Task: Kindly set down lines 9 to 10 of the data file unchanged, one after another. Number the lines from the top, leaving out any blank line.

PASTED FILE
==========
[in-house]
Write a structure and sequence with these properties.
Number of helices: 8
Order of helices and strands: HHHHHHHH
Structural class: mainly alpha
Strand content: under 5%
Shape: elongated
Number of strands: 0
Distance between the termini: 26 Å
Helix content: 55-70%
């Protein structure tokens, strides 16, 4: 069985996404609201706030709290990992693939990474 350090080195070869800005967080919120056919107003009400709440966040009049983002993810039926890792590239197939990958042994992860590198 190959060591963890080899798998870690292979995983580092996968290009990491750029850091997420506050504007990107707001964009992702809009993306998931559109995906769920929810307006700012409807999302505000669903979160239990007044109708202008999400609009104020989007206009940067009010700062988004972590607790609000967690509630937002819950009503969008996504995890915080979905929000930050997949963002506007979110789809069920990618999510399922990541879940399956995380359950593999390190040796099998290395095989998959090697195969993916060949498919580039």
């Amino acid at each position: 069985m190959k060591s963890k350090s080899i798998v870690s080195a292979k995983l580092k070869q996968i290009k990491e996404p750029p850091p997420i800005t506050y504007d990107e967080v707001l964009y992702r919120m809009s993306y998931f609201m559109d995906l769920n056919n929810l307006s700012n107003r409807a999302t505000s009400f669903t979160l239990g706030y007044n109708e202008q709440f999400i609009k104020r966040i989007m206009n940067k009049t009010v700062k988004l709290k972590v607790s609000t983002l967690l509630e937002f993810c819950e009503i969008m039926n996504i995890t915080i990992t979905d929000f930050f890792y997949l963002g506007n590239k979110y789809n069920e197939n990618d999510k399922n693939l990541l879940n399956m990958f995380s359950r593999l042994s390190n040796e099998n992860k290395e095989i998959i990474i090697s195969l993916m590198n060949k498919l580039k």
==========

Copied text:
Distance between the termini: 26 Å
Helix content: 55-70%